The foolishness of all this is perfectly
apparent, jet tbe longing which exists in
all minds to penetrate the future, in a
measure sanctions and fosters its profes?
sions; if tho forttsnes of ks dupes are not
manifested, the fortunes of the diviners are
-an i ?M
'UP TUE SPOUT.'-This expression, of
such familiar use among all classes, es?
pecially the soldiers, for a year or two past,
is doubtless supposed by most persoss lo
be of modern origin-in fact, to have been
originated by one or the other of the
parties to the present war. it is curious
t<- note how sueh sayings take hold of the
popular mind. 'Up the Spout,' 'Go
Ahead,' 'All Eight,' with many others, have
become an inseparable part of tbe daily
language of America, if not with the
English language at large. But the first
named expression may be traced to a period
long anterior to the present troubles, j
though numberless contemporary incidents
may have served to intensify its meaning.
We find it used'once or twice in the works
of Dickens, whose knowledge of the fa?
miliar language of tho .masses surpasses
that of any ether writer. --Thus Mr. Samuel
Weller, in lamenting the death of the
Little Gentleman, in 'Master Humphrey's
Clock,' gives vent to his feelings in these
words: 'And him as I never could do
enough to '''serve or show my likin' for, is
j up the great universal spout o' natur.'
PAYING FOR THINGS.-One cannot bear
to pay for articles, said Charles Lamb, he
used to get for nothing. When Adam laid
out his 'first penny for apples at some stall
in Mesopotamia, I think it went hard with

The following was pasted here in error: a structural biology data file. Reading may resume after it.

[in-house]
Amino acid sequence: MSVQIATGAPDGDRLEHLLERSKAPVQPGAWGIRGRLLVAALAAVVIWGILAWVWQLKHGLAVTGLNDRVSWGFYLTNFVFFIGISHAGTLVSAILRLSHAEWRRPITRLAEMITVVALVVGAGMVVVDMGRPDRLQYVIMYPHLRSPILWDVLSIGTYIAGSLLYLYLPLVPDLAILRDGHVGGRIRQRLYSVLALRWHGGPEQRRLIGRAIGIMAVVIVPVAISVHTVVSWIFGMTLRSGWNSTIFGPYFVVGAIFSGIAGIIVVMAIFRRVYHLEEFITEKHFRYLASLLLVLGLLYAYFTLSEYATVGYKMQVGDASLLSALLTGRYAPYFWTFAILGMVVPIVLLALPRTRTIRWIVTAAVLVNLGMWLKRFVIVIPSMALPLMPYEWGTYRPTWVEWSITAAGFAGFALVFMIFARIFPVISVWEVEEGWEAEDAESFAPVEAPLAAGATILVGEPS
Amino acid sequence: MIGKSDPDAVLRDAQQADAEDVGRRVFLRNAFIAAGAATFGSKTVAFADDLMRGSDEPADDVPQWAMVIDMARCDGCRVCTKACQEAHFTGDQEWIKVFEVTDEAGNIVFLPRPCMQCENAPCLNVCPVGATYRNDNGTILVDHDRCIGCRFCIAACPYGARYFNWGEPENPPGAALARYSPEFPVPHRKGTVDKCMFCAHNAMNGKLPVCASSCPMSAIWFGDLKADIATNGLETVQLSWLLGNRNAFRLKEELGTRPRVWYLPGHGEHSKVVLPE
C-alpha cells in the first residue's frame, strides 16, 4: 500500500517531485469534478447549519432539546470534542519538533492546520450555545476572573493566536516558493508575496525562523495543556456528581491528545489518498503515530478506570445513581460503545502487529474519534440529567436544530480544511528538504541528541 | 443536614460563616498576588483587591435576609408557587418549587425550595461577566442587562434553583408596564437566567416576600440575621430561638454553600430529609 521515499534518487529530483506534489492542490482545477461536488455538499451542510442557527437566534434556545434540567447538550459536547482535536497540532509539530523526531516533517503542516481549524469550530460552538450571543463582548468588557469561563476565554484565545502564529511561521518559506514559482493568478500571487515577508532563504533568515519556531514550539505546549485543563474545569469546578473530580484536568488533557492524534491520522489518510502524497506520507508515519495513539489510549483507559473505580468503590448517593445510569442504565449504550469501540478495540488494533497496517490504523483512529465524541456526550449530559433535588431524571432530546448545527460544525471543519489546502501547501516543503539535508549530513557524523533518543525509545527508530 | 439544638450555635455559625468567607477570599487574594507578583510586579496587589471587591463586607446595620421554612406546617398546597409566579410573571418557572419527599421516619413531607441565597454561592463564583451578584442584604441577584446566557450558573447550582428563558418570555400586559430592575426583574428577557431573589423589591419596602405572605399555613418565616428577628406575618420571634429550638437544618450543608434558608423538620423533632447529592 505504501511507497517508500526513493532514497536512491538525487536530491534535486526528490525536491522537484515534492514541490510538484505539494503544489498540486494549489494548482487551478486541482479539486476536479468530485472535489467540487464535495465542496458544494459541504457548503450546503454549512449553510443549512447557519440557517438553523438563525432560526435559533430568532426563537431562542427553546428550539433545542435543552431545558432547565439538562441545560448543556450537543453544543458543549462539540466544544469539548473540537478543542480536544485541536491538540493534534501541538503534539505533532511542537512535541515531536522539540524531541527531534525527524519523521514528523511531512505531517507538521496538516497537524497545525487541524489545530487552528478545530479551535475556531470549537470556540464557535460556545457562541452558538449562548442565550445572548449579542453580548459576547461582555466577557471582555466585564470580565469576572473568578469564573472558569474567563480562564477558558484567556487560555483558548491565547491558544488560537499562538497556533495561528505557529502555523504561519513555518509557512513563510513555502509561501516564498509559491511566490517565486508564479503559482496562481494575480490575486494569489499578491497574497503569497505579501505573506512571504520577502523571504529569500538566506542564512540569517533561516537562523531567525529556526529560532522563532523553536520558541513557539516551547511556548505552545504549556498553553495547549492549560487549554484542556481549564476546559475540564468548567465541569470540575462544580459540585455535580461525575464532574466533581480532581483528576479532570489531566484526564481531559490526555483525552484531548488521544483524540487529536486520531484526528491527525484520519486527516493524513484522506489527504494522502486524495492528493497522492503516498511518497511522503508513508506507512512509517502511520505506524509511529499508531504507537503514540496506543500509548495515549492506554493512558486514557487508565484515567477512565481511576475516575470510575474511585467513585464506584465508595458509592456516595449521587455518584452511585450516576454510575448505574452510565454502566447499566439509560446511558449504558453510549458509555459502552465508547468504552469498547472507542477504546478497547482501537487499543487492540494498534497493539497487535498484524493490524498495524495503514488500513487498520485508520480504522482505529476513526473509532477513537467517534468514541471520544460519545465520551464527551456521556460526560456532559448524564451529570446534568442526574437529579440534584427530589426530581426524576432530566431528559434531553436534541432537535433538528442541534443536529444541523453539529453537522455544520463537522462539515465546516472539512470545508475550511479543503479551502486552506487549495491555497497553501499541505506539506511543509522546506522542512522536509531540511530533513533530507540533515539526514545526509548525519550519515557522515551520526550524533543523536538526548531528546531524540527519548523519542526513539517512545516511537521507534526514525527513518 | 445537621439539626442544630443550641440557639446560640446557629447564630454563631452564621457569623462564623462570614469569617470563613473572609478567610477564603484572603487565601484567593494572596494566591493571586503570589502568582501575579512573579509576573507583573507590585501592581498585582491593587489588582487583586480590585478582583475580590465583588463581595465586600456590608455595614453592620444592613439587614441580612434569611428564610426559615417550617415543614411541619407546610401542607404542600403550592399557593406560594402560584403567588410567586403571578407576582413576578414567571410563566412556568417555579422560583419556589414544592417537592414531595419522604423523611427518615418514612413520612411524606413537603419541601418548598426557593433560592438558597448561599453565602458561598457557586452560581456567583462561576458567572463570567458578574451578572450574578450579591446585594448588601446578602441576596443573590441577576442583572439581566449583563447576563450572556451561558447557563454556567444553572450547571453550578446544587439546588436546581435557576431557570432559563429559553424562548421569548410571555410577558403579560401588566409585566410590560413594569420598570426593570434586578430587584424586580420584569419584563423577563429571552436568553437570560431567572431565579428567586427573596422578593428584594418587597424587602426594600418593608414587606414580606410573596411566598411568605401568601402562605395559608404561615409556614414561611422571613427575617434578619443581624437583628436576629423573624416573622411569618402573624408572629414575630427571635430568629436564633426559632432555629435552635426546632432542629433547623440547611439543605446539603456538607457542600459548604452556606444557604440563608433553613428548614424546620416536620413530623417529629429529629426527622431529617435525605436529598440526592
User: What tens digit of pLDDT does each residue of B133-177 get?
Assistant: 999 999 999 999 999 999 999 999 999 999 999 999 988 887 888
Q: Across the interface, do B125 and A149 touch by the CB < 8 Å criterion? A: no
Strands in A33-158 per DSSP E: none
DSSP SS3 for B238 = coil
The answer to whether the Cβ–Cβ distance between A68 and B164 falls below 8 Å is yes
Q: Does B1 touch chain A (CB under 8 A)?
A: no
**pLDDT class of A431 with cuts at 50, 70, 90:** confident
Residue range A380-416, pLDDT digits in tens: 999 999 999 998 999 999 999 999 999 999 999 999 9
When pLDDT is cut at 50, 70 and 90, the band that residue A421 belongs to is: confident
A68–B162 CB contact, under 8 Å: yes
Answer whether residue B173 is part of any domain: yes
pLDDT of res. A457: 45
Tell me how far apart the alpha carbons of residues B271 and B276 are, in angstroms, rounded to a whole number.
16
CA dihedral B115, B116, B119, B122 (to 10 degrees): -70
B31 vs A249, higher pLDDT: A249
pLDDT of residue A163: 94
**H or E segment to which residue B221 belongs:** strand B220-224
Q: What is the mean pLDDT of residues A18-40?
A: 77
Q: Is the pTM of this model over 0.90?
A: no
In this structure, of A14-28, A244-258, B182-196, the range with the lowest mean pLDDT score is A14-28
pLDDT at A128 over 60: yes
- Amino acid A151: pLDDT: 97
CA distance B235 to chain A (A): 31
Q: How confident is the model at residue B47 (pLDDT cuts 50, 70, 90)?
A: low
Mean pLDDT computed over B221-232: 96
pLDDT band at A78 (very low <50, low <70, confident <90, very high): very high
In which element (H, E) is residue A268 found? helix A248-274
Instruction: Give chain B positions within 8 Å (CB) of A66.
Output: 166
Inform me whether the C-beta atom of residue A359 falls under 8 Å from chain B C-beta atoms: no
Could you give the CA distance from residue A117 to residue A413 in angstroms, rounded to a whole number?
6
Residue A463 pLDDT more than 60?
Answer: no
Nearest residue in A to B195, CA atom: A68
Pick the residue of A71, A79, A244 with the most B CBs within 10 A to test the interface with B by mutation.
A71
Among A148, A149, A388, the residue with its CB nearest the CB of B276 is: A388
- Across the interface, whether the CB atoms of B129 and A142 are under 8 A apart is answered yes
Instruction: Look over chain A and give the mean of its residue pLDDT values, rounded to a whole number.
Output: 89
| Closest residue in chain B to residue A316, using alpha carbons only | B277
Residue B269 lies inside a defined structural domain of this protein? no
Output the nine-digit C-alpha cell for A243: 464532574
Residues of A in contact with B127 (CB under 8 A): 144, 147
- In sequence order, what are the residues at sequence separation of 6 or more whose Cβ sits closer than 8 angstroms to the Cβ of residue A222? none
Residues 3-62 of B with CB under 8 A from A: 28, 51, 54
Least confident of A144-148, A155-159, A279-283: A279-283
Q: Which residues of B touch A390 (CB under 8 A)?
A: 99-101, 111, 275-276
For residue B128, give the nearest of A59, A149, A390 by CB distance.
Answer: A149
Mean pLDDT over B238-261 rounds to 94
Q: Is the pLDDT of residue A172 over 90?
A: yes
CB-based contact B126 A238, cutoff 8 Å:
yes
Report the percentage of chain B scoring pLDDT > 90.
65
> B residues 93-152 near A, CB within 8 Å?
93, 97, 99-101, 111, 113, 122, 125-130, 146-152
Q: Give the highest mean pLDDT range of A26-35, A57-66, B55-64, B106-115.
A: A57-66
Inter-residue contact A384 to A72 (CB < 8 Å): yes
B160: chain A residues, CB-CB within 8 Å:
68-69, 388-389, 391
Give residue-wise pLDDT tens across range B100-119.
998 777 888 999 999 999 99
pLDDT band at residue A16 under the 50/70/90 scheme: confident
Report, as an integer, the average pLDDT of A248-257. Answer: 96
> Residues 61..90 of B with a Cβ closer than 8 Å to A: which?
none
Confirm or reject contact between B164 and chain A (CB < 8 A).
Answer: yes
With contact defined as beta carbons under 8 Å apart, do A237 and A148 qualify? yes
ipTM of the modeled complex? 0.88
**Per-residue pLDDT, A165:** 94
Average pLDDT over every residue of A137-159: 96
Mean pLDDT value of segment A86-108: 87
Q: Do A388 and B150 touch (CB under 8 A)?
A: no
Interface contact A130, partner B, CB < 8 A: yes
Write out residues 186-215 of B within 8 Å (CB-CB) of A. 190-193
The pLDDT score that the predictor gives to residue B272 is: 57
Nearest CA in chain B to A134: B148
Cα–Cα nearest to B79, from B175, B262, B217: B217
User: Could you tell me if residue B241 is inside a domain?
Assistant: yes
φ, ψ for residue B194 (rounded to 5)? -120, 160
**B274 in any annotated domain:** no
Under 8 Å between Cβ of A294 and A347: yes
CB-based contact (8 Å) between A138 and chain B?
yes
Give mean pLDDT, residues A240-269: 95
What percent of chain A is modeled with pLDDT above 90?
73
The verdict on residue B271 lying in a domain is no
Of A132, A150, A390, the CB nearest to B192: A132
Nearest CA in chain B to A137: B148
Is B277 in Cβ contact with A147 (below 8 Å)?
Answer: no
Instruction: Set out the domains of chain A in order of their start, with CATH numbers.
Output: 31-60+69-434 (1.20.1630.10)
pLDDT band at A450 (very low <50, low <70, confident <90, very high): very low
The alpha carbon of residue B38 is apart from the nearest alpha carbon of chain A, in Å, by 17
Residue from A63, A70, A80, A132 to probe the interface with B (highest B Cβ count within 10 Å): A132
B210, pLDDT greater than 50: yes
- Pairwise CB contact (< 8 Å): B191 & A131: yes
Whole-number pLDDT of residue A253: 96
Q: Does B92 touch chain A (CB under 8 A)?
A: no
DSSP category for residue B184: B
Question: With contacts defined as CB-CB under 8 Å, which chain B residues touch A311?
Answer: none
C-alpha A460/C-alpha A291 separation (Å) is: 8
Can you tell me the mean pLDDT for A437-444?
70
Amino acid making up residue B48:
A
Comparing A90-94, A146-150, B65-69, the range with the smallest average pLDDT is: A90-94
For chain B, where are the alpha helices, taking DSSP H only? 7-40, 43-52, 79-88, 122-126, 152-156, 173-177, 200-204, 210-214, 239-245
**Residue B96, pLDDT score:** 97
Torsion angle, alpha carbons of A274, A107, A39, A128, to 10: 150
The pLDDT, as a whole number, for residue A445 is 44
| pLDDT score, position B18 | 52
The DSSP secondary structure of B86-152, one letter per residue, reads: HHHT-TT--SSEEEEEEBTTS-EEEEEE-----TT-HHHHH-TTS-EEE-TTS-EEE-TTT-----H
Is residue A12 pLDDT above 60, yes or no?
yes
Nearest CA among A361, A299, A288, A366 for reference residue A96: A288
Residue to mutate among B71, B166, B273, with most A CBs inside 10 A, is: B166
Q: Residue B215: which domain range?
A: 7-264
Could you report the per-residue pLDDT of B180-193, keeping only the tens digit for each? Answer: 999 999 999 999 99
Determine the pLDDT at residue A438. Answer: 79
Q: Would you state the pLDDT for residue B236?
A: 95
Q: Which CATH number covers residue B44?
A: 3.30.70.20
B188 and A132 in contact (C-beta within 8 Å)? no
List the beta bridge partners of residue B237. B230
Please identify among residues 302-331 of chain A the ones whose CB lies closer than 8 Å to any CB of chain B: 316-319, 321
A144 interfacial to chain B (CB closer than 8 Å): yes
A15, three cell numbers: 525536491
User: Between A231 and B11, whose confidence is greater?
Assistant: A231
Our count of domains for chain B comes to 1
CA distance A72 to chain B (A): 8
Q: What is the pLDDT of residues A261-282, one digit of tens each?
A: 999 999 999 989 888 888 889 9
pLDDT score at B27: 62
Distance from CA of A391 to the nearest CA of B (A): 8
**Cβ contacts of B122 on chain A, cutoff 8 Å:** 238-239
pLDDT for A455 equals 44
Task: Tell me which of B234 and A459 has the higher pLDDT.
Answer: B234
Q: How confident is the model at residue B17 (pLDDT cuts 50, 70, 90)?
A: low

him, reflecting upon his old goodly orohard,
where he had so many for nothing.
- m ? mm
Very few practice charity, but almost
everybody'seems to think he can afford to
give it a good word.
.- -.?.--- , ?- ----
ECONOMY IK LINE? -WxsaiNo.--A.
minali quantity of pipe bray d"i8?>lVed in
water employed, for washing, gives the
dirtiest linen the appearance of having
been bleached, and cleanse tberathoroughly
with about one half of the labor, and a
saviog of full one fourth pt the soap:
The proper method is to dissolve a little
of the pipeclay with, the warm water m '
the washing tub, or to rub a little of it, to
"ge th er with the soup, on the article to be
washed. THe process should be repeated
as often as required, till the articles are
The best advantage ?jf employing this
j article with the s ap is that it gives the
hardest water almost the softness of rain
water. Any person can bring this to the
proof by trying it on the bands, when
very dirty, and it may be done without any
fear of the skin being injured; on the cou*
trary, they will find it much softened by
A Chinese giant, beliered to be the
largest in the world, and the most amiable
man alive, is on exhibition in Hong Kong.
He stands about eight feet two or three
inches in height, and is proportionately
broad. His figure ig good, his movement
as graceful as is compatible with bis ex?
traordinary height, and his manners are re?
Queen Elizabeth was a good Bet, but
play monte and you are a better.
Wanted to Hire,
GOOD COOK, WASHER and IRONER.
Apply to R. SWAFFJELD, Arsenal HilL
may 9 8*
Bar Iron and Scrap Steel,
OF the following sizes:
Iron, 5xi, 6x?, 6x?, 7x?,
Steel, 3Jx?, 4xA, 4x?,
Will be exchanged for PROVISIONS, at the
South Carolina Railroad, on application to
W. Ii. SMITH. Master Machinist, "*
Or C. J. BOLLIXj Agent,
i April 22 f
State of South Carolina.
COLUMBIA, May 8, 1865.
To the Officers of the Civil Government of the
'"I'MIE cessation of hostilities renders it proper
JL that the Civil Government of tho State
6bould be restored without delay, and that the
functions of the several departments should be
at once resumed. To that sud, all officers ot
the State, whose offices have bien kept in Co?
lumbia, will with all convenient promptitude
return to that place, re open their offices and
resume their proper duties.
By the Governor. A. G. MAGRATH.
Official: W. S. MuiXTSS, Lt. Col. and A. D. C.
I3g~South Carolina newspapers will copy
once. ' may 8